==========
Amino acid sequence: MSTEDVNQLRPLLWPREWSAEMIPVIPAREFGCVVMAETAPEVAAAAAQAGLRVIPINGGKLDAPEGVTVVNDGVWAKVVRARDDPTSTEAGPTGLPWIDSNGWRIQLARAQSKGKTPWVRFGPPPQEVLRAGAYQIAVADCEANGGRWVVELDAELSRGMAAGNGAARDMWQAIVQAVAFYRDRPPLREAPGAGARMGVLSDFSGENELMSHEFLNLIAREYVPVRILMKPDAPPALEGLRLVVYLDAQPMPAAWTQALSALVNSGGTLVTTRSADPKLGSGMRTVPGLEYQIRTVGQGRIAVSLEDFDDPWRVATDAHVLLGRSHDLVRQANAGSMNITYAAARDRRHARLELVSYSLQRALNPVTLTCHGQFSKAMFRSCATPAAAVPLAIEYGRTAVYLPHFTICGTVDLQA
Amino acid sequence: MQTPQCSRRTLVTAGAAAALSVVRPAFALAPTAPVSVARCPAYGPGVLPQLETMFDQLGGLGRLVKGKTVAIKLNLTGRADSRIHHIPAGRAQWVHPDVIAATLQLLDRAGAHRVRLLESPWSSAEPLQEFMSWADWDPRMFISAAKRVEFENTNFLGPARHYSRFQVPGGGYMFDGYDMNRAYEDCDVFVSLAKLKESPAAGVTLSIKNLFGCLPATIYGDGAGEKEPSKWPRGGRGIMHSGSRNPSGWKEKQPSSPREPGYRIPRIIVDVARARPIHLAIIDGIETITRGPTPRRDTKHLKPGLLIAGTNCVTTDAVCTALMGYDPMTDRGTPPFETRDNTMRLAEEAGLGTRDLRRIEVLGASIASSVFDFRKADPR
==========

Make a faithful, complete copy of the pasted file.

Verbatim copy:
Amino acid sequence: MSTEDVNQLRPLLWPREWSAEMIPVIPAREFGCVVMAETAPEVAAAAAQAGLRVIPINGGKLDAPEGVTVVNDGVWAKVVRARDDPTSTEAGPTGLPWIDSNGWRIQLARAQSKGKTPWVRFGPPPQEVLRAGAYQIAVADCEANGGRWVVELDAELSRGMAAGNGAARDMWQAIVQAVAFYRDRPPLREAPGAGARMGVLSDFSGENELMSHEFLNLIAREYVPVRILMKPDAPPALEGLRLVVYLDAQPMPAAWTQALSALVNSGGTLVTTRSADPKLGSGMRTVPGLEYQIRTVGQGRIAVSLEDFDDPWRVATDAHVLLGRSHDLVRQANAGSMNITYAAARDRRHARLELVSYSLQRALNPVTLTCHGQFSKAMFRSCATPAAAVPLAIEYGRTAVYLPHFTICGTVDLQA
Amino acid sequence: MQTPQCSRRTLVTAGAAAALSVVRPAFALAPTAPVSVARCPAYGPGVLPQLETMFDQLGGLGRLVKGKTVAIKLNLTGRADSRIHHIPAGRAQWVHPDVIAATLQLLDRAGAHRVRLLESPWSSAEPLQEFMSWADWDPRMFISAAKRVEFENTNFLGPARHYSRFQVPGGGYMFDGYDMNRAYEDCDVFVSLAKLKESPAAGVTLSIKNLFGCLPATIYGDGAGEKEPSKWPRGGRGIMHSGSRNPSGWKEKQPSSPREPGYRIPRIIVDVARARPIHLAIIDGIETITRGPTPRRDTKHLKPGLLIAGTNCVTTDAVCTALMGYDPMTDRGTPPFETRDNTMRLAEEAGLGTRDLRRIEVLGASIASSVFDFRKADPR